Are any immersion courses available for someone that never had a bat mitzvah...and at age 50 is this feasible?

  • Yes, there are and yes, it is but rather than relying on a bunch of internet strangers, why not ask around your local synagogues until you find a rabbi both willing and able to explain all the details in a way that works for you? Nov 27, 2023 at 22:15

3 Answers 3


Welcome and congratulations on your search and efforts!

First and foremost you should approach the rabbi in a local synagogue or Chabad house.

Beyond that, there is a wonderful organization called NJOP which developed classes which are delivered in hundreds of synagogues across the US and Canada, specifically they have a Crash Course in Basic Judaism, Hebrew Reading Crash Course and Crash Course in Jewish History.

There is no prescribed format for a bat mitsva in Orthodox Judaism, but it might include giving a short dvar Torah at a community Shabbat to celebrate a program of learning you have devised. More important, it should be the starting point of a lifelong learning journey and life of practice. Mazal tov !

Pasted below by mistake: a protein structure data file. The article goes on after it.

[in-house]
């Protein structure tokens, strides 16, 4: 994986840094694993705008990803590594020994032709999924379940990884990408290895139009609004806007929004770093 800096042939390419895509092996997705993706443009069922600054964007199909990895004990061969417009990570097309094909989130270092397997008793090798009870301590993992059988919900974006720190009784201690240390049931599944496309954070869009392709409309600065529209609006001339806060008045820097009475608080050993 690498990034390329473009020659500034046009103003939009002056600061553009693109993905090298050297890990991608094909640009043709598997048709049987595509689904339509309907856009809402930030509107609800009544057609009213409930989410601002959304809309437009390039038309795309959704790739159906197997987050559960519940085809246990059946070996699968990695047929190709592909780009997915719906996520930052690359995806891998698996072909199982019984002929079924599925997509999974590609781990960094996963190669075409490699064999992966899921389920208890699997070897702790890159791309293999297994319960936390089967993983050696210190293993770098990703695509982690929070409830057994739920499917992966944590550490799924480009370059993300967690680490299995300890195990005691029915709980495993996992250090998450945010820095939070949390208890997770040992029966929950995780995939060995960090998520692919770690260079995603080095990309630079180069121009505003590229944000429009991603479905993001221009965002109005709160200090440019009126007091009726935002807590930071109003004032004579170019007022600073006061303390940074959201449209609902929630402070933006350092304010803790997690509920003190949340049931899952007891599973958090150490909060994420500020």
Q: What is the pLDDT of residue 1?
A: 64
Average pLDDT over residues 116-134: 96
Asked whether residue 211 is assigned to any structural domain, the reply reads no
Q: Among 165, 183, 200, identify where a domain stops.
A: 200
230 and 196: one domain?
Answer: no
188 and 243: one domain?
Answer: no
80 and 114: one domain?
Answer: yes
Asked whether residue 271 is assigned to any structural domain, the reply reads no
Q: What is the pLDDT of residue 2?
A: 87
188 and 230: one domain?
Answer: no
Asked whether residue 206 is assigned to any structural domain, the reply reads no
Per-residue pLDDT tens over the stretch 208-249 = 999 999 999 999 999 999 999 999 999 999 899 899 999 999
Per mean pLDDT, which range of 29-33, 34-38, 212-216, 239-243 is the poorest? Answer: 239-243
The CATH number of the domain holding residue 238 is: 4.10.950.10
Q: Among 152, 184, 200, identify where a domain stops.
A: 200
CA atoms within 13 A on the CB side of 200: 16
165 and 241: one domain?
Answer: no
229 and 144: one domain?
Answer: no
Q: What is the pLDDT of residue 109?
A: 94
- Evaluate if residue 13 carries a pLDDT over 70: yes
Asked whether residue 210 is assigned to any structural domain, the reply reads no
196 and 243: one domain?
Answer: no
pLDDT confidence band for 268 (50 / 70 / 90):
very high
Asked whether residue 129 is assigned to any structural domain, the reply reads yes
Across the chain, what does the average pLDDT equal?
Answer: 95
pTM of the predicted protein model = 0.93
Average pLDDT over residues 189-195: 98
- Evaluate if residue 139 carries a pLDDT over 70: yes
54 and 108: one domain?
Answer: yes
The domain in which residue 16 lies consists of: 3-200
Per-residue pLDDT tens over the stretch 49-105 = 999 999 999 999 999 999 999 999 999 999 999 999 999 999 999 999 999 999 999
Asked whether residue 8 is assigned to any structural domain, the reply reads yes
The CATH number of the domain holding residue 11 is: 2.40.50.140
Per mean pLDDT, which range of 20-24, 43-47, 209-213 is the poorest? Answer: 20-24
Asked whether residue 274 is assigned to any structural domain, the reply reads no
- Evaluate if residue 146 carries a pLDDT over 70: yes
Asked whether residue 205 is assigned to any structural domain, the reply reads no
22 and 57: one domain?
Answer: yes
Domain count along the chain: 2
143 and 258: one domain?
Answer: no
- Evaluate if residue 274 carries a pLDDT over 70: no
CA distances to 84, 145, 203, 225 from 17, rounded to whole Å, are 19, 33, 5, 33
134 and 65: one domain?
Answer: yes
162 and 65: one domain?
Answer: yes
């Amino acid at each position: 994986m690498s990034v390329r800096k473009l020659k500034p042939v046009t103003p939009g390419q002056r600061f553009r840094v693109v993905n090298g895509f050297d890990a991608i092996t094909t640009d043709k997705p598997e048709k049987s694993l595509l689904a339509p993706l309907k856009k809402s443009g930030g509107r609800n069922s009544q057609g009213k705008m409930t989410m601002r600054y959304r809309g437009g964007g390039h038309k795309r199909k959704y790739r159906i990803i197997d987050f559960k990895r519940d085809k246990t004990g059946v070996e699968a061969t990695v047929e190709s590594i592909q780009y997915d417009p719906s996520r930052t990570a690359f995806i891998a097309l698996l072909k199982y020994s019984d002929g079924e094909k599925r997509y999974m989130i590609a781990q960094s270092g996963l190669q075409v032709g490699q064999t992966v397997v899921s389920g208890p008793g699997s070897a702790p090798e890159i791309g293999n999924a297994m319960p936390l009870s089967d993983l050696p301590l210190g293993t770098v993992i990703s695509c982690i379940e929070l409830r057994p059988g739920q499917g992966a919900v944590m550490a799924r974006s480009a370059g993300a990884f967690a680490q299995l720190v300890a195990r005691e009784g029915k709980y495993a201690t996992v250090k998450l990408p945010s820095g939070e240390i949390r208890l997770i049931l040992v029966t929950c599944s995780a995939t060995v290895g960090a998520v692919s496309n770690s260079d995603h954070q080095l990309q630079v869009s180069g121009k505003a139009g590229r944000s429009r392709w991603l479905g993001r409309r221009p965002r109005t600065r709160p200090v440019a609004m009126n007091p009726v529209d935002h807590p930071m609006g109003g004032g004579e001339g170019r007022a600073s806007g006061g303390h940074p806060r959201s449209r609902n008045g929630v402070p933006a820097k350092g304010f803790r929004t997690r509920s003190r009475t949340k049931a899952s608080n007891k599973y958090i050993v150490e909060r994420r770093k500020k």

Absolutely. I have no idea where you live, but you might try the nearest branch of Chabad or Aish.

  • 4
    Many institutions of Jewish learning are totally geared towards adult education. Good luck!
    – Shalom
    Nov 20, 2023 at 23:25

In contemporary Judaism, immersion in a Mikveh is only required for women, after menstruation, before they resume marital relations.

Immersion in a Mikveh is also a component of the conversion process, wherein a non-Jew converts to Judaism, and becomes a full-fledged Jew.

Someone who was born Jewish, and does not engage in marital relations, is not required to immerse themselves in a Mikveh.

Menopausal women, who have not immersed in the Mikveh since their last period, must immerse in the Mikveh, before engaging in marital relations. Once they have immersed in the Mikveh, they most likely will never need to attend the Mikveh for the rest of their lives, unless certain Halachic issues present themselves.

  • 12
    I think she meant "immersion course" as in you're fully immersed in the experience the whole time (like many excellent foreign-language programs), not literally water immersion in a mikvah. But we may have misread.
    – Shalom
    Nov 21, 2023 at 16:39
  • @Shalom Thanks for bringing this to my attention. I'm totally unfamiliar with the phrase as you described it. I thought she was referring to something like a pre-baptismal course, and that she thought that Judaism also required a similar ceremony in order to have a "Bat-Mitzvah''. Nov 21, 2023 at 22:15

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